As WBACH celebrates its 25th anniversary, we thought you might like to know a little bit more about the station's history. The timeline below is based in part upon station records and in large part on personal recollections. Corrections are welcomed. Please use the Feedback form on this website for any comments or questions.
FCC assigns new frequencies to communities around the U.S. which did not have "local" FM service. One of these frequencies, 99.3, is assigned to Kennebunk, Maine.
License for 99.3 ends up in the hands of veteran Boston-area broadcaster Alexander Tanger and his wife, Brenda. Tangers are no strangers to classical music as a radio format: son "Woody" Tanger owns the commercial classical stations in Detroit, Miami and Philadelphia while son Douglas has recently put on the air the original WBACH station in Gloucester, Mass. The Tangers’ Vega Corporation begins construction on what will become WBQQ in February. Studios are constructed in the Lower Village of Kennebunk and a transmitting facility and tower are erected near Goose Rocks Beach in Kennebunkport.
WBACH makes its debut in Maine on Wednesday, November 27, the day before Thanksgiving. Station operates with a very small staff, using a syndicated (by tape) classical format produced by a San Francisco radio station. Music is mastered onto 8mm videotapes and played "bach" via a computer-controlled automation system....very avant garde for the early 1990s!
Tangers use announcer voices from their family's other stations for station identifications, etc. The voice of Scott Hooper, then working at the Tangers' original WBACH station in Massachusetts, is heard in Maine for the first time.
In May, another commercial classical music station makes its debut in Maine: WAVX (106.9, Thomaston). Then known as the "Classical Wave," the station would eventually become WBACH's home several years later. Studios are located along the Rockland waterfront, with a transmitter site in Thomaston, near the Rockland line.
Construction begins on another Tanger-owned radio station, 104.7 licensed to Kennebunkport. Years later this will be a home for WBACH.
In August, crews from the ABC radio networks descend upon the station. WBACH's studio becomes the recording studio for former First Lady Barbara Bush and her "Mrs. Bush's Storytime" radio series.
October 10, Scott Hooper arrives as WBACH's Operations Manager and (future) morning host. Planning begins for "Breakfast With Bach" but first a CD library must be built up.
In December, 104.7 goes on air as WQEZ, broadcasting a light Rock format.
The live morning show "Breakfast With Bach" makes its debut on October 30. The taped programming from the San Francisco station is used at other times of the day.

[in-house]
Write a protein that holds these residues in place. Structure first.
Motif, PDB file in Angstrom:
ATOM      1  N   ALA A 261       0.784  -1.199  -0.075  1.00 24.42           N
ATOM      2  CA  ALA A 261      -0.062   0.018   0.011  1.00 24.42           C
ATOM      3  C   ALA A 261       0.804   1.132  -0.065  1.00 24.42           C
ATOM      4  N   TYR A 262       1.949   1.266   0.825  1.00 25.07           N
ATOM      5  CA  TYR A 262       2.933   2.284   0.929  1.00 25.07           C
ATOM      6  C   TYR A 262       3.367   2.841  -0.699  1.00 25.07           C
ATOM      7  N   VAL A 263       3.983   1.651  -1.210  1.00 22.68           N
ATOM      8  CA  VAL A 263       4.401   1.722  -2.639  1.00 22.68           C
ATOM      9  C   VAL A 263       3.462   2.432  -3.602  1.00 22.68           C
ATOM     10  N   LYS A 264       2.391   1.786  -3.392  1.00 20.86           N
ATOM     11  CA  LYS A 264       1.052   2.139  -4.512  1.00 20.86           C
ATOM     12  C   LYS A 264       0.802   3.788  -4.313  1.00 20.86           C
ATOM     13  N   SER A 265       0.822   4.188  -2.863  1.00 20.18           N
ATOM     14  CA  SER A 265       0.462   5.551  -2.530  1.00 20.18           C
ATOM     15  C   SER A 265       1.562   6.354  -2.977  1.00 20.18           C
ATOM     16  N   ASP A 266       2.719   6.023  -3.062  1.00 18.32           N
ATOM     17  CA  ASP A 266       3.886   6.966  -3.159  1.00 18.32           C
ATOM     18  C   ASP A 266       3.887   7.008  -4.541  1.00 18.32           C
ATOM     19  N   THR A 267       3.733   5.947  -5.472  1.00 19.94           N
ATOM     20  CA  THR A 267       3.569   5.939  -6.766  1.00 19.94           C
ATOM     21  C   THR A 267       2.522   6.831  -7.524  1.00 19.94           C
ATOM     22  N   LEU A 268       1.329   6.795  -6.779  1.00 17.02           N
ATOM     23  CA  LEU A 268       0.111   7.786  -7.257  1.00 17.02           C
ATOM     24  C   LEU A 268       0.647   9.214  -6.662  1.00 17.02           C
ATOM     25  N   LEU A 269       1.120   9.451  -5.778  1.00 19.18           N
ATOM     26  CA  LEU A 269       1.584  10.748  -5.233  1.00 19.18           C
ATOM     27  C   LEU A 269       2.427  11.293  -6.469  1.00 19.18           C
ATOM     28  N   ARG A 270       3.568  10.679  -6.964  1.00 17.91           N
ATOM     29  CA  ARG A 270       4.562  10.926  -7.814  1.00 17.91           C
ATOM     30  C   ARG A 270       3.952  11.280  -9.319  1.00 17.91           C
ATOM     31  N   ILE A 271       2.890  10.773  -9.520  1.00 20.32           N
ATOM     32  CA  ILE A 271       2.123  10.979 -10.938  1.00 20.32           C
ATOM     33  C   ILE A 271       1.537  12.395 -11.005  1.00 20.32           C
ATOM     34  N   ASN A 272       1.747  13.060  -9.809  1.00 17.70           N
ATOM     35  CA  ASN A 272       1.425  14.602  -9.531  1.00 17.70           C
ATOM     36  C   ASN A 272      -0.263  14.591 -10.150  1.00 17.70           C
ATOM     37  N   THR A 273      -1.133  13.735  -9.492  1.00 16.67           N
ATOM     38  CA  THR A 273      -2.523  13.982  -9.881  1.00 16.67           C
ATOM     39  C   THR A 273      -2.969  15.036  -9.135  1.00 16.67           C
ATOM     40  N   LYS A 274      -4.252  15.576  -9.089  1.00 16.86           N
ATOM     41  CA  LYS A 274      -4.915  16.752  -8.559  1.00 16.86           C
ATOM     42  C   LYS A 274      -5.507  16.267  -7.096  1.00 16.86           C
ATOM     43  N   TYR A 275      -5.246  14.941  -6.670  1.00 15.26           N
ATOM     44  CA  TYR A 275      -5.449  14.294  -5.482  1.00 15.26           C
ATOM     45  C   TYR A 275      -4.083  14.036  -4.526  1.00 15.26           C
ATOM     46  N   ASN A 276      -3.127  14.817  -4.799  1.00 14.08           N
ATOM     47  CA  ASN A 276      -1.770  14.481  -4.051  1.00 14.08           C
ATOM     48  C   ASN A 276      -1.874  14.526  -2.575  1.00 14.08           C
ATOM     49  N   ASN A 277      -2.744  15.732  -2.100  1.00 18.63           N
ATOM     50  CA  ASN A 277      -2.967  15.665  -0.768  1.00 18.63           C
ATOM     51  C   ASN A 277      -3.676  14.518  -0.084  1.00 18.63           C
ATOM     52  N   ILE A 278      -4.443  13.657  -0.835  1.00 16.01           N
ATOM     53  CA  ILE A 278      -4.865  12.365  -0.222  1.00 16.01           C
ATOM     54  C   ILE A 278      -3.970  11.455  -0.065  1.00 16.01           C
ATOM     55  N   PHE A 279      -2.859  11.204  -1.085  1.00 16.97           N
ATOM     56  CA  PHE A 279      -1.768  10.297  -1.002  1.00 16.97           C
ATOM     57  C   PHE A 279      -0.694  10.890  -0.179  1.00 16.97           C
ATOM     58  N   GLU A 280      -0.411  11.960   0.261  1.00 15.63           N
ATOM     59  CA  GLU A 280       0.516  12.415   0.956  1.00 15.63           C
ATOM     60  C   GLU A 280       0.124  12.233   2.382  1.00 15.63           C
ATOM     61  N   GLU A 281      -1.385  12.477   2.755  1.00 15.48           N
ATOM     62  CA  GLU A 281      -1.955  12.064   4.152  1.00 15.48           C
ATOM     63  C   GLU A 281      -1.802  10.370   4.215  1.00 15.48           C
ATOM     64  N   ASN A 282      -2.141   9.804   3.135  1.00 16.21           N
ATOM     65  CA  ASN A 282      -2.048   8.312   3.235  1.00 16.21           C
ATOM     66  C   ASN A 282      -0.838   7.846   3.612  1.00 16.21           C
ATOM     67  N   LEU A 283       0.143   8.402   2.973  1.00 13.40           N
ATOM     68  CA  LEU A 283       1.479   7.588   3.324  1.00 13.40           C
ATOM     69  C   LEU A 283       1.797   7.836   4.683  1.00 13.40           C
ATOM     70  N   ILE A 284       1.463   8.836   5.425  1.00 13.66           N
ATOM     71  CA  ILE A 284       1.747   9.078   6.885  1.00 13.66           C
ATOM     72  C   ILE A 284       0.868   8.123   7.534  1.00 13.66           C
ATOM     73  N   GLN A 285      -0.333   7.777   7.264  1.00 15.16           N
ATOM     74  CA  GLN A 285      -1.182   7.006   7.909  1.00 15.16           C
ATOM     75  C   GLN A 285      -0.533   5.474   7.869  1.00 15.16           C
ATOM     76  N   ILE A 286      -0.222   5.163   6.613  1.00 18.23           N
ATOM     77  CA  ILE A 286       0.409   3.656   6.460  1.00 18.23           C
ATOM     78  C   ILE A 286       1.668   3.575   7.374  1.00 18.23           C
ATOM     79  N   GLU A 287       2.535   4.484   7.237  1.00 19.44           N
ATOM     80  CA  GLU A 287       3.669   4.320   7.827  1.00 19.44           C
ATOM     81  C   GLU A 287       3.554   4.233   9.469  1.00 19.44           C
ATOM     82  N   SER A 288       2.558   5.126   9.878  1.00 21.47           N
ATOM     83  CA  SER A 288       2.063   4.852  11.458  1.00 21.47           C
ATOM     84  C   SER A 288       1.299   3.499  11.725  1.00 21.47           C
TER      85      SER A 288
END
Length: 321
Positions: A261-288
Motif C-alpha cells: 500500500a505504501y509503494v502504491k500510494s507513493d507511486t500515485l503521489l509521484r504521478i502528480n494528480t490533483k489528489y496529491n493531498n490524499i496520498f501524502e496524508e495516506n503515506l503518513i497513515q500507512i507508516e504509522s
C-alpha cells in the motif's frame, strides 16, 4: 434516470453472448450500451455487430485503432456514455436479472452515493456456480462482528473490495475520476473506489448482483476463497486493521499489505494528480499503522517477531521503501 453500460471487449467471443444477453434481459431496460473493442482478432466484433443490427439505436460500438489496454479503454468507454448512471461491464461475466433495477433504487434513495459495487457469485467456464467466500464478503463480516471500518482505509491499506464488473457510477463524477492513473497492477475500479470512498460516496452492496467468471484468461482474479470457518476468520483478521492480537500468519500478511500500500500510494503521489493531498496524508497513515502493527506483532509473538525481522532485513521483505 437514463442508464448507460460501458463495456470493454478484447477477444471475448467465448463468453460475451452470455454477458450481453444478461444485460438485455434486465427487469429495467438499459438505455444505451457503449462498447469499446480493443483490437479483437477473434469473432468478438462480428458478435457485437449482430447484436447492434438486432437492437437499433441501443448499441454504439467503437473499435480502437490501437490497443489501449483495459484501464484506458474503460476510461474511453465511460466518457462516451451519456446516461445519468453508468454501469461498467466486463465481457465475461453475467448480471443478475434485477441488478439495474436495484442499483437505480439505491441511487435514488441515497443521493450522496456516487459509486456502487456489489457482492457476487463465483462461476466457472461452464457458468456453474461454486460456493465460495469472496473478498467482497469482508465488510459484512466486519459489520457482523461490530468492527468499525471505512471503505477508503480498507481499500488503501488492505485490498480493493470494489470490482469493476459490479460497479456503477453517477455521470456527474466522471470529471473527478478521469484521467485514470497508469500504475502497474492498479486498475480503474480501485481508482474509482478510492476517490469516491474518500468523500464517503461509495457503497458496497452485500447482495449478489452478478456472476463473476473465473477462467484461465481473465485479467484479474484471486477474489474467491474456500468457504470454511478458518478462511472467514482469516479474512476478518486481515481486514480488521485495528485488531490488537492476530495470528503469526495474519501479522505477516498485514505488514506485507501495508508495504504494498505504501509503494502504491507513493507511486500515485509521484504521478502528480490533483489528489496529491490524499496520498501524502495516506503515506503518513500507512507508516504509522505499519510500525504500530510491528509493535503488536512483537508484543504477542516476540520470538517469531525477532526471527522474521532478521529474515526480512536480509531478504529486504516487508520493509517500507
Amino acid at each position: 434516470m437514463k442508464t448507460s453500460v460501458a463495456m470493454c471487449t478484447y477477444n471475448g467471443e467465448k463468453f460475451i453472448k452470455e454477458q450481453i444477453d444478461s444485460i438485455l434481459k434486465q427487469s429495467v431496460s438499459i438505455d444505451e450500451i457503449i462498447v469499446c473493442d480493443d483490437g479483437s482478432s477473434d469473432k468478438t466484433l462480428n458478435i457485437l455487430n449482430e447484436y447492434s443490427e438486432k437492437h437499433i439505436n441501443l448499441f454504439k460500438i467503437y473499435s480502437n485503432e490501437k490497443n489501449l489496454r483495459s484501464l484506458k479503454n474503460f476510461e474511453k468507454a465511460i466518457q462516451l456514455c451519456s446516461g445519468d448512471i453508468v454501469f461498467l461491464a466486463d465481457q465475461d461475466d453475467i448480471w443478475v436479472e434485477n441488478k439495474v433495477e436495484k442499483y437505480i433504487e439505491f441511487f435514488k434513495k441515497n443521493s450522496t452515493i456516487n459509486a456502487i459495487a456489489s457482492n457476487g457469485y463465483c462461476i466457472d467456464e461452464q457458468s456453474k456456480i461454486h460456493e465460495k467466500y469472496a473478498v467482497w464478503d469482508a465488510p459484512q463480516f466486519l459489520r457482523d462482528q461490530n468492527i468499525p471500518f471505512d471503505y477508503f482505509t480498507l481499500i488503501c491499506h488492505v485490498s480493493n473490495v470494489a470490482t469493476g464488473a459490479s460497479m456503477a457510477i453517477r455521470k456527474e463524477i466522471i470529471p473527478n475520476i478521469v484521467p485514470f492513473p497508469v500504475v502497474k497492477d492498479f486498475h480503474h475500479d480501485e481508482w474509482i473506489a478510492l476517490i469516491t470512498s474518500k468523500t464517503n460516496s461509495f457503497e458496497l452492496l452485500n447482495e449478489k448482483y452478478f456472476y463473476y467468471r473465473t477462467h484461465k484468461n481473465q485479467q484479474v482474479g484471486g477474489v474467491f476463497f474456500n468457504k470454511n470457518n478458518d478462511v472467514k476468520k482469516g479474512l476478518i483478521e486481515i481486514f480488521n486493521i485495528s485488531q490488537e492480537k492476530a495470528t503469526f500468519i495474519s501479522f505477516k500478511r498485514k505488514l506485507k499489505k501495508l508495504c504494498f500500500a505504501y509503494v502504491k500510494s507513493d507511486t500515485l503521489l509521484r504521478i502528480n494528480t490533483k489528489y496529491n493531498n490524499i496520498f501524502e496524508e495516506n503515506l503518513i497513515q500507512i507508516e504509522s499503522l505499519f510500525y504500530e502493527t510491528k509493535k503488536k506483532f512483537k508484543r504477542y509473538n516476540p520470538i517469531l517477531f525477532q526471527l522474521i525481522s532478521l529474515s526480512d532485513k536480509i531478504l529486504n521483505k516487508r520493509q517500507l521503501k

WBACH celebrates its 5th birthday by opening the studios to listeners who wish to visit. More than 200 stop by.
Ownership of WBACH transfers from the Tangers' Vega Corporation to Mariner Broadcasting, headed by WBACH's general manager Louis Vitali.
Live programming expands with the addition of an afternoon show, hosted by radio veteran Gary Dixon.
The taped format which the station had been using is no longer produced and the tapes are getting old. In an effort to bring a quality sound to WBACH, Mariner begins using the satellite-syndicated "Classic FM" format, a collaboration between Sony and Warner Bros. New York City radio veterans such as Dennis Elsas and Candace Agree are heard in Maine for the first time.
In January the famous Ice Storm of '98 knocks WBACH off air, but only long enough for the generators to kick in. Station continues broadcasting on generator power for nearly a full day. No damage to any equipment.
Early in the year, the owner of the Portland area's commercial classical station, WPKM(106.3, Scarborough), puts the station on the market. Mariner acquires 106.3, transfers its operations to the Kennebunk facility and places the WBACH programming on its air. This marks WBACH's first expansion, the beginning of what will one day be known as "Maine's Classical Network."
With the 106.3 acquisition, WBACH also inherits its jazz host, Arnold Olean. "Classic Jazz" becomes a Saturday evening fixture on WBACH and remains so to this day.
"Classic FM" fails, potentially leaving WBACH without a major source of programming. To the rescue comes Charles River Broadcasting, owners (at that time) of Boston's legendary classical music station WCRB. Charles River's "World Classical Network" brings to a number of stations around the U.S. satellite-delivered programming featuring the WCRB talent. Announcers such as Laura Carlo, Ray Brown, Mark Calder and Dave MacNeill are now heard on WBACH each day, leaving a few vacationers wondering how Laura/Ray/Mark/Dave got from Waltham (MA) to Kennebunk every day.
Late in the year, an unexpected development: owners of Thomaston's WAVX (106.9) show interest in selling the station. Mariner agrees to purchase. Call letters are changed to WBQX. Station staffs are blended. WBACH's afternoon host Gary Dixon leaves and is replaced by 106.9's afternoon host Jay Lundstrom, who moves to Kennebunk to assume his additional duties as WBACH's Production Director.
WBACH debuts its website wbachradio.com.
Laurena "Reeny" Gilbert, who had worked at 106.9 during its early days, returns to Rockland as that office's operations manager. She produces many of the sponsor announcements heard on the station and would eventually become an on-air host.
In September, the National Association of Broadcasters names WBACH "America's Classical Station of the Year." Quite an honor for that upstart little station from Maine!